Software program for the automatic classification of breast tissue in 3D mammography or Digital Breast Tomosynthesis (DBT) imaging.
- Better tissue classification in DBT images than methods currently available.
- Higher sensitivity and specificity compared to competing technology.
A recent study published in the New England Journal of Medicine estimated that more than one million women have been treated for cancers that likely would never have posed a threat to their lives. They estimated that up to one-third of breast cancer cases do not need treatment. These over-diagnoses in which cancer is present but does not need treatment may account for a large amount of unnecessary healthcare costs. Digital Breast Tomosynthesis (DBT), or 3D mammography, in combination with traditional digital mammography detects up to 40% more invasive cancers and decreases false positive rates by 15%. Although DBT is not reimbursable, the adoption rate of the technology has increased dramatically in recent years as several large clinical studies have validated its benefits. In addition, use of these images may help decrease the incidence of over-diagnosis and thus, likely lower the overall costs for patients and their therapies.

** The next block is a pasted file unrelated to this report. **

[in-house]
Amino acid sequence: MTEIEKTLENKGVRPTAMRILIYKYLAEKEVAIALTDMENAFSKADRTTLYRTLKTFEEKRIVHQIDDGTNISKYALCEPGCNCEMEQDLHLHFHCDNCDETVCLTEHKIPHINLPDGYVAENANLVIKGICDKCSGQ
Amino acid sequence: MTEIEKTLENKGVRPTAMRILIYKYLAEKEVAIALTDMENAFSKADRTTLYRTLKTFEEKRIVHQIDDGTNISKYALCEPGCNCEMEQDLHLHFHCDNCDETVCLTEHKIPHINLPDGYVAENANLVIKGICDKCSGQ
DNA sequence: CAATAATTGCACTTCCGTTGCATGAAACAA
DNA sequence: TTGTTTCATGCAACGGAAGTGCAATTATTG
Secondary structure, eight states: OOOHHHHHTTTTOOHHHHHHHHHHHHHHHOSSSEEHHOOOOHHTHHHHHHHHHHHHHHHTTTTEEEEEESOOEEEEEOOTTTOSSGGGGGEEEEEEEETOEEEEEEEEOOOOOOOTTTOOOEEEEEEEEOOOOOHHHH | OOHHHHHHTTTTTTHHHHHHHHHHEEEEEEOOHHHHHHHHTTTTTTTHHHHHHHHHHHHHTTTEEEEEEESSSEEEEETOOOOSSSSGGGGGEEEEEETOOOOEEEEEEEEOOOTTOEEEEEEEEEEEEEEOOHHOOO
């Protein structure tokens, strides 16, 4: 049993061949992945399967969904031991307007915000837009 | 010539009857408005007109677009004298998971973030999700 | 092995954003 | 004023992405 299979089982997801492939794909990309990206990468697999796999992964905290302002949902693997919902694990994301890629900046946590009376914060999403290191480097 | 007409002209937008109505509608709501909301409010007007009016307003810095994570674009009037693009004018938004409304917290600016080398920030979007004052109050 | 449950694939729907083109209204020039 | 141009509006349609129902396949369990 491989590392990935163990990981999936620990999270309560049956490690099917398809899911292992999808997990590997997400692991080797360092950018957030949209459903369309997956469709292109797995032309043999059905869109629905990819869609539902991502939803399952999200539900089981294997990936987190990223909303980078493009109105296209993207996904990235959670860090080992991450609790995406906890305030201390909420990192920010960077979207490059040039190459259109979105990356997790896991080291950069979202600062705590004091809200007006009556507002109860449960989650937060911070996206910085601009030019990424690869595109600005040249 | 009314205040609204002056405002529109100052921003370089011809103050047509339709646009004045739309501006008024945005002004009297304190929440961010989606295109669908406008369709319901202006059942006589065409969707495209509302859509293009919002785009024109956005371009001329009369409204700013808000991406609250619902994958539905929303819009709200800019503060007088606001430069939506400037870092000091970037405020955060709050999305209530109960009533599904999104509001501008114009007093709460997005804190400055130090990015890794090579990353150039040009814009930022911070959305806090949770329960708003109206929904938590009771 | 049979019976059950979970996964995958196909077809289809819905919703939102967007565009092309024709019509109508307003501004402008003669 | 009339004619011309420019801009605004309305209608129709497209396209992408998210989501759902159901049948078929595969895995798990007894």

DBT is a pseudo-three-dimensional x-ray imaging modality designed to decrease the effect of tissue superposition present in mammography and as a result increase clinical performance in the detection and diagnosis of breast cancer. Classification of breast tissue with DBT is challenging, however, because DBT images include complicated structures, image noise, and out-of-plane artifacts due to limited angular tomographic sampling. Emory researchers have developed an automatic method to classify fatty and glandular tissue in DBT images. The results of this method have an average sensitivity of 84.6%, average specificity of 95.5%, and average accuracy of 91.6%. This classification method shows better tissue classification in DBT images than currently available methodologies.
Method has been validated using data from five patients